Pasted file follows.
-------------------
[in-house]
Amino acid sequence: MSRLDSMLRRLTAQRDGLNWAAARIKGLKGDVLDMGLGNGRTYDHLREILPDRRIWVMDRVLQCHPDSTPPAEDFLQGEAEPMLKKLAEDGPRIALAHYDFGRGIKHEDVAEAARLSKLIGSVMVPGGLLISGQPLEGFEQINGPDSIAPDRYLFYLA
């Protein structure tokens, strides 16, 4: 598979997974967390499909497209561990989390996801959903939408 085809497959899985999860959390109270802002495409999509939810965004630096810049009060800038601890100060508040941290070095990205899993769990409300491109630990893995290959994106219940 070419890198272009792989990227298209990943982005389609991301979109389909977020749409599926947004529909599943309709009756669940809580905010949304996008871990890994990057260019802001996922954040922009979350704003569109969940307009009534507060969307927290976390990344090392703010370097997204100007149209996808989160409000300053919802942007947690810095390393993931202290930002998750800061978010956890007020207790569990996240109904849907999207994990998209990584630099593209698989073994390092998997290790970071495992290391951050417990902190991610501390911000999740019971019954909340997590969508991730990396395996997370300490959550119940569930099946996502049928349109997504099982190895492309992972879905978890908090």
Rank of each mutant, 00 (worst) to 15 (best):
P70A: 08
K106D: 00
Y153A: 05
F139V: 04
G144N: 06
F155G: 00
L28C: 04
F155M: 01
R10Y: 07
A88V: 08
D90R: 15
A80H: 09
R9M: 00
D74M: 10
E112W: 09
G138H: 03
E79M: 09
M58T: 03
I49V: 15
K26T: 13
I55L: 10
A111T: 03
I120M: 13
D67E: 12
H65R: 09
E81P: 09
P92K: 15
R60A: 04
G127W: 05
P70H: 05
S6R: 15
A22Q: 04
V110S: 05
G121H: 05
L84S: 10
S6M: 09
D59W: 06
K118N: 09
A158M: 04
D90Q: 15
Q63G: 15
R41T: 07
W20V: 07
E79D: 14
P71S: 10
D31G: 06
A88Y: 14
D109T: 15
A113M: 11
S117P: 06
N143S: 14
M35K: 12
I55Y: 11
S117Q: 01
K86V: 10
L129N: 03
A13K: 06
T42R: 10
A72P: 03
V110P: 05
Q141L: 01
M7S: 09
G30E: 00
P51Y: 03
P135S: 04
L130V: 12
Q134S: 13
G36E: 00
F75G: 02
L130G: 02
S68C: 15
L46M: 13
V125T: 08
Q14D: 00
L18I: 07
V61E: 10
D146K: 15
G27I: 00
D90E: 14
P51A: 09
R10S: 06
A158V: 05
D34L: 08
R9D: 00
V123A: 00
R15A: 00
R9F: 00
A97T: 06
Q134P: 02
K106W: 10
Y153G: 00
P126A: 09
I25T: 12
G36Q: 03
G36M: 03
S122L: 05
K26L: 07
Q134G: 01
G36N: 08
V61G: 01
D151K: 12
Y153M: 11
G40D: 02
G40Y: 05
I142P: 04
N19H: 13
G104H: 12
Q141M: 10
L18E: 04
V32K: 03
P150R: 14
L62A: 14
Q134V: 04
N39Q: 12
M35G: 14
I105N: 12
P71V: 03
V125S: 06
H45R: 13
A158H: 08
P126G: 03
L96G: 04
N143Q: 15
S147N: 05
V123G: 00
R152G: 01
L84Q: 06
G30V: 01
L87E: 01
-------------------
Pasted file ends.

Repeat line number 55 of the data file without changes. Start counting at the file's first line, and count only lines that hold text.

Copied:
N143S: 14